• While it’s true that the souls in purgatory suffer, it is so they can be perfected and thus prepared for the joys of Heaven!

• I also mentioned that purgatory is necessary for those of us who have maintained a spiritual friendship with God and desire to be in union with Him, but who have failed to make sufficient reparation for our sins or who still harbor some attachment to sin.

• As Catholics it is of utmost importance that we realize the utter devastation of sin, even those little sins that we think no one notices.

• Yesterday I mentioned how God has an image of who He wants us to be in this life. But sin makes us less than who we are called to be. It deforms our natural goodness and strips us of our dignity as people made in God’s image and likeness.

• Moreover, all sin separates us from God and from one another. It weakens the love we have for God, and in the case of mortal sin, it actually destroys that love for God within us.

• Our Lord, who loves us in infinite fashion, shows us nothing but love and benevolence throughout out lives. And sin is a rejection of His love; and therefore every sin is an injustice against God.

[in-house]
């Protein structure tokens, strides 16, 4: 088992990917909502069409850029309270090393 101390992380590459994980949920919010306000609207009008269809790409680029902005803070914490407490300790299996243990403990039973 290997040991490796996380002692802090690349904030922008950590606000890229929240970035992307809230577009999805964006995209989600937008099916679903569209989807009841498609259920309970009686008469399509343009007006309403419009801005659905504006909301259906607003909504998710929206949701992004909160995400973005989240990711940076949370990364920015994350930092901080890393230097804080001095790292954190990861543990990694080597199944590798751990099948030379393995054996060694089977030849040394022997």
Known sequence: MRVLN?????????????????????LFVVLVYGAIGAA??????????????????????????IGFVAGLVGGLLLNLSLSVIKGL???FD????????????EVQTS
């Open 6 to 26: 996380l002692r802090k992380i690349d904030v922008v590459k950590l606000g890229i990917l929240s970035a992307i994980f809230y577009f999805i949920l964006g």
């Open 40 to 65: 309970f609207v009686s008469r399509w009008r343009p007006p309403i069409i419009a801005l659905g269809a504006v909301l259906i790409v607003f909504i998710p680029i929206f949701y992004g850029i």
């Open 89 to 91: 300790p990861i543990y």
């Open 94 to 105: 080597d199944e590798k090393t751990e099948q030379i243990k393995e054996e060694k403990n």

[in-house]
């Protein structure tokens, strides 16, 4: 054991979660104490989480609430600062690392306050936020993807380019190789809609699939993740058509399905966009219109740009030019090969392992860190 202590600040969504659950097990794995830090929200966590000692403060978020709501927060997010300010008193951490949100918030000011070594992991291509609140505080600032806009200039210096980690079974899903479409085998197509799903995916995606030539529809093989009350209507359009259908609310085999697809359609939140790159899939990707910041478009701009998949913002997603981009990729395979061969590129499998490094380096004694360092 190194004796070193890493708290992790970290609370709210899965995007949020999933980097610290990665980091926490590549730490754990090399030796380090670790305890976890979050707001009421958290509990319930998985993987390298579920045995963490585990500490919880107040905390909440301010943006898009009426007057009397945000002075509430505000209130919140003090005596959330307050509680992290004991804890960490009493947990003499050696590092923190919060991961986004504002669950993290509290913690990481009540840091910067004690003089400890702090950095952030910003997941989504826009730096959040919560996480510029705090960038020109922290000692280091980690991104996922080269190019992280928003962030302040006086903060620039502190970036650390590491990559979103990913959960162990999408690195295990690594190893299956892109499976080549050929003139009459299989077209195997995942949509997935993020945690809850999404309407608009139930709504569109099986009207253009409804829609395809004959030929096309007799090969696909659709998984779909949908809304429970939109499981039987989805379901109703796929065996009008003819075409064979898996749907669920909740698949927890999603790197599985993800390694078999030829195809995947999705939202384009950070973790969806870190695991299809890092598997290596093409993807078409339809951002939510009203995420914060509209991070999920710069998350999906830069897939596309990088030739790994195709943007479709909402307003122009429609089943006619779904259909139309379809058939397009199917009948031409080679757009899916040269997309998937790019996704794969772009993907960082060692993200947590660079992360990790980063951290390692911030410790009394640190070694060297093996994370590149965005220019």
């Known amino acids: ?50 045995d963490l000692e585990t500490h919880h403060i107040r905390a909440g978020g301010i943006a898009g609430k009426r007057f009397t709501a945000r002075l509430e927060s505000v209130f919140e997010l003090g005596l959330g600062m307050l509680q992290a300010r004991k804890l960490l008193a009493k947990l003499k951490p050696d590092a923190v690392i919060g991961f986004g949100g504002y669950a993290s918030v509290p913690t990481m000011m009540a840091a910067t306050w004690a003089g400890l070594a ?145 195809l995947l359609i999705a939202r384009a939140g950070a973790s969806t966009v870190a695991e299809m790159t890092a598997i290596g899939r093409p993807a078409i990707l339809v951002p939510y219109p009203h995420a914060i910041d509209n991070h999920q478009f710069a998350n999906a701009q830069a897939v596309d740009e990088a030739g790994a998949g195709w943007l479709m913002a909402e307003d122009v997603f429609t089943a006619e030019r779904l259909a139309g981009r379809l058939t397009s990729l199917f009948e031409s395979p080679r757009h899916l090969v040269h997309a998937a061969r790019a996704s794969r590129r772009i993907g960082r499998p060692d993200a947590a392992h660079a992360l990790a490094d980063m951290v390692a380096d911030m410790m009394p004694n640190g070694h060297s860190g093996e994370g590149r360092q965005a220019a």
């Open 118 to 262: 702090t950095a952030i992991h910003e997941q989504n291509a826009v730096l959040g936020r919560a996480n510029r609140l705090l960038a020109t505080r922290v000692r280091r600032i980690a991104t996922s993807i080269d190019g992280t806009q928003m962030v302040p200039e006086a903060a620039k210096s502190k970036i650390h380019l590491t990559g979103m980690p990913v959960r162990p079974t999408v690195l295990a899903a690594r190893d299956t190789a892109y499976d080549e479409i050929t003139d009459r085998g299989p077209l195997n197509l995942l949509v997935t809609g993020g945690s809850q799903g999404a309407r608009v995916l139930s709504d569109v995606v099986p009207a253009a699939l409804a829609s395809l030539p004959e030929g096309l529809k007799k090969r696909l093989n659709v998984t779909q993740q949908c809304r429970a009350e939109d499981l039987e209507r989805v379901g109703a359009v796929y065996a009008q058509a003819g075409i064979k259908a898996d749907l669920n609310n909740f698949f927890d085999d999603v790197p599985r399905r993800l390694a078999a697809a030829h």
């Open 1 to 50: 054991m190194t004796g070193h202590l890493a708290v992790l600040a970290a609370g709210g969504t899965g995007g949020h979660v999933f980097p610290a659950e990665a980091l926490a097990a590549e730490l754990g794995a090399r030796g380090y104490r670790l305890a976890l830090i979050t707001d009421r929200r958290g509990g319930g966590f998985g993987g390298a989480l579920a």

• In order to help correct this injustice, we must do penance to make reparation for our sins. That’s why a priest gives us a penance whenever we go to confession.

• Furthermore, throughout our lives we should seek constantly to make reparation for our sins. And this is why traditionally the Church has encouraged Catholics to give up meat on Fridays, and why the Church asks us to fast during Lent.

• These acts of sacrifice are a means for us to make reparation for our sins, to correct the injustice we’ve committed against God. Penances also help to break our attachments to sin.